What is public space within a museum? We know how it looks, but how does it act, sound, and feel? How do we experience art in public? This question was at the heart of Interactions, a four-month long series of artist and audience activations that occurred within the exhibition Without You I Am Nothing: Art and Its Audience, which considered the experiential relationship between artwork and audience. As curator, I invited Coppice to create a work for Interactions to explore the distinct, visceral relationship that occurs when artists create work in the presence of the viewer.
Vinculum (Coincidence) consisted of four speakers placed in the gallery amidst large works by Vito Acconci, Chris Burden, Dan Peterman, Adrian Piper, and Andrea Zittel. The speakers – reverberating through the normally quiet space – played pre-recorded sounds that initially seemed like breaths or wind blowing but then altered or transformed as if mechanical parts hissing and whooshing across and through the space. Once these speakers were on, Noé Cuéllar and Joseph Kramer stoically entered, each with an accordion. For two hours each day, for six days they played, slowly moving around the space and each other.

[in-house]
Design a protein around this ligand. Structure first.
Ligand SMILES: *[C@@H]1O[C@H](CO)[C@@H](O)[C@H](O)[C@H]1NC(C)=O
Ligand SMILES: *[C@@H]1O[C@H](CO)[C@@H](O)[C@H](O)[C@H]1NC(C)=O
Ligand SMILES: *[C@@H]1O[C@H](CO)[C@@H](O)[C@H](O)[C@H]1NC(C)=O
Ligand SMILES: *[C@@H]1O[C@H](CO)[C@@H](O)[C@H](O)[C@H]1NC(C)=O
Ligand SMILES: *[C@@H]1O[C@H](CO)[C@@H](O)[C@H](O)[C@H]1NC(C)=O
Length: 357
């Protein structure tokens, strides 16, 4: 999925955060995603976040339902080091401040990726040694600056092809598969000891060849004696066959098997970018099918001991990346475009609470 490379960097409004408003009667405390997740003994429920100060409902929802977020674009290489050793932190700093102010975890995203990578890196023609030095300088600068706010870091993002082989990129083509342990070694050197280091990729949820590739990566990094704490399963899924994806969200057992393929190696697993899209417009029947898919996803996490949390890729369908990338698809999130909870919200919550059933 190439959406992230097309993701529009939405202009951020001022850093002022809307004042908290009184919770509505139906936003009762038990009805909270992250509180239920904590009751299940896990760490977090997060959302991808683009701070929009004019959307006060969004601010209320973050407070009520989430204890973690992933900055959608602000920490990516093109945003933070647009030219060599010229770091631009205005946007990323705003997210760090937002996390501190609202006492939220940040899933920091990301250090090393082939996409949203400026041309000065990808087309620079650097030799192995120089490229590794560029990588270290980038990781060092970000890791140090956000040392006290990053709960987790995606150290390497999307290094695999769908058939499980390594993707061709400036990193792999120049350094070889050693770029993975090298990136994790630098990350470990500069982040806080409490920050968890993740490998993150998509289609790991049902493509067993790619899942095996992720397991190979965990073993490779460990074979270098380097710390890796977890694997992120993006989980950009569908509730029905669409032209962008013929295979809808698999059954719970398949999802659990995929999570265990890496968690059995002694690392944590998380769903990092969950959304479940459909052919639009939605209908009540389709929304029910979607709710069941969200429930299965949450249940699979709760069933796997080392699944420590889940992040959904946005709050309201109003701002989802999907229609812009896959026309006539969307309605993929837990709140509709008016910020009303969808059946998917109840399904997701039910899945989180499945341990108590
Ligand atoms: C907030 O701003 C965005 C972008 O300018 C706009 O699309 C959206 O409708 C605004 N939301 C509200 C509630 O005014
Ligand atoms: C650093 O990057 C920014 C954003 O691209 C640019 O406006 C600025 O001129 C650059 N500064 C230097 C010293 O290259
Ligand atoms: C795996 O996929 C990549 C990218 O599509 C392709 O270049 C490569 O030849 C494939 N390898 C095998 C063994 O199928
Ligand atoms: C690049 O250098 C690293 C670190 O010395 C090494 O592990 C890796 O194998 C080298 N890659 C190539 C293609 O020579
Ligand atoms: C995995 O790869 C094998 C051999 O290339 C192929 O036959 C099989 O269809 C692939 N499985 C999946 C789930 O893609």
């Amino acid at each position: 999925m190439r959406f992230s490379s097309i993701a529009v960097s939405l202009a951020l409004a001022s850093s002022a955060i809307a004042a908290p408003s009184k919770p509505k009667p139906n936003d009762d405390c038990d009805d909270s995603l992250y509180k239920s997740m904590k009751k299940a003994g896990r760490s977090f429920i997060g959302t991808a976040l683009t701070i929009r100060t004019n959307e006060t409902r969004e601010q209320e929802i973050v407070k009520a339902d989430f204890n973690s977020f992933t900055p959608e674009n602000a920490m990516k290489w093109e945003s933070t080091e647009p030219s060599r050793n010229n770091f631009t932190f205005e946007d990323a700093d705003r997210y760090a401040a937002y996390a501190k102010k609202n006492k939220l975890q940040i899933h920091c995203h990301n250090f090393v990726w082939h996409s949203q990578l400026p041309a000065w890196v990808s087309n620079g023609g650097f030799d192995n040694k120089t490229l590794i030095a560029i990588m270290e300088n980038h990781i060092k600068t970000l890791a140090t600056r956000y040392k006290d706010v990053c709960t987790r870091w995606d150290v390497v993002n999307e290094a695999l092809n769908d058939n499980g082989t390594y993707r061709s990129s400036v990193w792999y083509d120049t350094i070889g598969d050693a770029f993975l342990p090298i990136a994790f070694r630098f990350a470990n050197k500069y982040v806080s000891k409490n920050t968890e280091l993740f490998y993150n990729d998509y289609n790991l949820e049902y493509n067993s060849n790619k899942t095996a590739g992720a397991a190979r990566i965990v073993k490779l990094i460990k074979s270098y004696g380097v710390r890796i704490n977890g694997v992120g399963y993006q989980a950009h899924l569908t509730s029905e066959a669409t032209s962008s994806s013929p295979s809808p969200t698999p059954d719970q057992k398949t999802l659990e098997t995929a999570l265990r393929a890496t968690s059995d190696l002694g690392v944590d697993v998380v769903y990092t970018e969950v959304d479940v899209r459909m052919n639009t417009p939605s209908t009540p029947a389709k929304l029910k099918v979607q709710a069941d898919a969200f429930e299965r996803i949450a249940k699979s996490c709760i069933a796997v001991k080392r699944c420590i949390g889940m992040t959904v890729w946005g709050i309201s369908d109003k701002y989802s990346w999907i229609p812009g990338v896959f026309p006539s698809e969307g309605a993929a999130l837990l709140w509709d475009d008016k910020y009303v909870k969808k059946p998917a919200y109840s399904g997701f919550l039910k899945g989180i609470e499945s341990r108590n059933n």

People walking by the galleries – where sound is not normally present – upon hearing the hypnotic yet enigmatic sounds from within, would often stop and try to locate what it was and where it was coming from. Seeing one or both of the performers and their accordions would not necessarily answer their confusion. Some would walk away perplexed, while others would be drawn in. Once inside, the effects of the performance were individualized and subjective. Some, perhaps realizing that their movements intersected the score, chose to remain motionless, while others moved around the gallery seemingly looking and testing how the different sculptures absorbed or reverberated the sounds. Some, perhaps musicians, appeared to be acutely listening as if discerning patterns and phrasing of melodies and breaths. Still others were interested solely in the performers – imitating their stances or interrupting their silences by talking with them. Most intriguing to me, was how sculptural the performers, the sounds, and by extension, the audience became. It was as if Vinculum (Coincidence), with its continuous droning of tones, breaths, and modulations, froze or at least slowed the viewers as they walked among the objects in the gallery, as if coalescing into a spatio-temporal synchronous whole. It was if by listening, the audience could tenuously hold the experience, the shifting sounds, and themselves together, in space with each other.